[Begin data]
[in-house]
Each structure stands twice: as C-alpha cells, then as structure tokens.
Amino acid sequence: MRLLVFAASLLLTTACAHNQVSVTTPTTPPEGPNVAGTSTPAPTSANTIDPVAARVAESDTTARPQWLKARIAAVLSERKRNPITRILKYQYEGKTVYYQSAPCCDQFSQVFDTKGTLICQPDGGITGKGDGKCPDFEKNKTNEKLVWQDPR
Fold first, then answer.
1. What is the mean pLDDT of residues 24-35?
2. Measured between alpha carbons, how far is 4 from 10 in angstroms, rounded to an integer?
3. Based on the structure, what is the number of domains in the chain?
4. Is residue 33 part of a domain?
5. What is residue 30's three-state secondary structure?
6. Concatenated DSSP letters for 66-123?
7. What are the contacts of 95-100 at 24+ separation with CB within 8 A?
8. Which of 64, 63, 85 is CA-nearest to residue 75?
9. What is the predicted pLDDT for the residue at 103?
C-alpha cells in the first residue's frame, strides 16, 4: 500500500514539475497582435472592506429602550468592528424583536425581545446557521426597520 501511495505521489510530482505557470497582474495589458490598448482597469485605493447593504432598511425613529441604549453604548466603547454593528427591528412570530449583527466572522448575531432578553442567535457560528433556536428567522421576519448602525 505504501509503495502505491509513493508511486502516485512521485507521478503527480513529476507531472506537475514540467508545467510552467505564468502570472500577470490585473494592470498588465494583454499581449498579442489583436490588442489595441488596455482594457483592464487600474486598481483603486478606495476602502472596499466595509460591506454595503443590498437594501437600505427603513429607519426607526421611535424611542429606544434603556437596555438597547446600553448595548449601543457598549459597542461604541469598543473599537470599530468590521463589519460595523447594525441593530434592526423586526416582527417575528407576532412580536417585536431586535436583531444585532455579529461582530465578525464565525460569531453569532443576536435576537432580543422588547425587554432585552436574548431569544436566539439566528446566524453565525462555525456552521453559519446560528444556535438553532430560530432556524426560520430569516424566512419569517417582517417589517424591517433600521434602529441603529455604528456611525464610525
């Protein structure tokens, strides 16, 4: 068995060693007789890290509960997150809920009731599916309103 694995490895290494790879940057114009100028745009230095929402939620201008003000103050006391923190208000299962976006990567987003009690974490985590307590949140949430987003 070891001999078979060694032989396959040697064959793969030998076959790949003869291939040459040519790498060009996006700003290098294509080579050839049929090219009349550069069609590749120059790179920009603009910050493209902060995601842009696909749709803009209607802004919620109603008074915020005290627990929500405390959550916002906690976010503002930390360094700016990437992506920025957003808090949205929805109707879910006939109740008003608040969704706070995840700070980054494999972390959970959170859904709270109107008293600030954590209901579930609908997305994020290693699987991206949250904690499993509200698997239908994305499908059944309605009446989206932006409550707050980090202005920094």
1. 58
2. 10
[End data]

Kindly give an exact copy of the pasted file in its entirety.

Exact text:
[in-house]
Each structure stands twice: as C-alpha cells, then as structure tokens.
Amino acid sequence: MRLLVFAASLLLTTACAHNQVSVTTPTTPPEGPNVAGTSTPAPTSANTIDPVAARVAESDTTARPQWLKARIAAVLSERKRNPITRILKYQYEGKTVYYQSAPCCDQFSQVFDTKGTLICQPDGGITGKGDGKCPDFEKNKTNEKLVWQDPR
Fold first, then answer.
1. What is the mean pLDDT of residues 24-35?
2. Measured between alpha carbons, how far is 4 from 10 in angstroms, rounded to an integer?
3. Based on the structure, what is the number of domains in the chain?
4. Is residue 33 part of a domain?
5. What is residue 30's three-state secondary structure?
6. Concatenated DSSP letters for 66-123?
7. What are the contacts of 95-100 at 24+ separation with CB within 8 A?
8. Which of 64, 63, 85 is CA-nearest to residue 75?
9. What is the predicted pLDDT for the residue at 103?
C-alpha cells in the first residue's frame, strides 16, 4: 500500500514539475497582435472592506429602550468592528424583536425581545446557521426597520 501511495505521489510530482505557470497582474495589458490598448482597469485605493447593504432598511425613529441604549453604548466603547454593528427591528412570530449583527466572522448575531432578553442567535457560528433556536428567522421576519448602525 505504501509503495502505491509513493508511486502516485512521485507521478503527480513529476507531472506537475514540467508545467510552467505564468502570472500577470490585473494592470498588465494583454499581449498579442489583436490588442489595441488596455482594457483592464487600474486598481483603486478606495476602502472596499466595509460591506454595503443590498437594501437600505427603513429607519426607526421611535424611542429606544434603556437596555438597547446600553448595548449601543457598549459597542461604541469598543473599537470599530468590521463589519460595523447594525441593530434592526423586526416582527417575528407576532412580536417585536431586535436583531444585532455579529461582530465578525464565525460569531453569532443576536435576537432580543422588547425587554432585552436574548431569544436566539439566528446566524453565525462555525456552521453559519446560528444556535438553532430560530432556524426560520430569516424566512419569517417582517417589517424591517433600521434602529441603529455604528456611525464610525
């Protein structure tokens, strides 16, 4: 068995060693007789890290509960997150809920009731599916309103 694995490895290494790879940057114009100028745009230095929402939620201008003000103050006391923190208000299962976006990567987003009690974490985590307590949140949430987003 070891001999078979060694032989396959040697064959793969030998076959790949003869291939040459040519790498060009996006700003290098294509080579050839049929090219009349550069069609590749120059790179920009603009910050493209902060995601842009696909749709803009209607802004919620109603008074915020005290627990929500405390959550916002906690976010503002930390360094700016990437992506920025957003808090949205929805109707879910006939109740008003608040969704706070995840700070980054494999972390959970959170859904709270109107008293600030954590209901579930609908997305994020290693699987991206949250904690499993509200698997239908994305499908059944309605009446989206932006409550707050980090202005920094």
1. 58
2. 10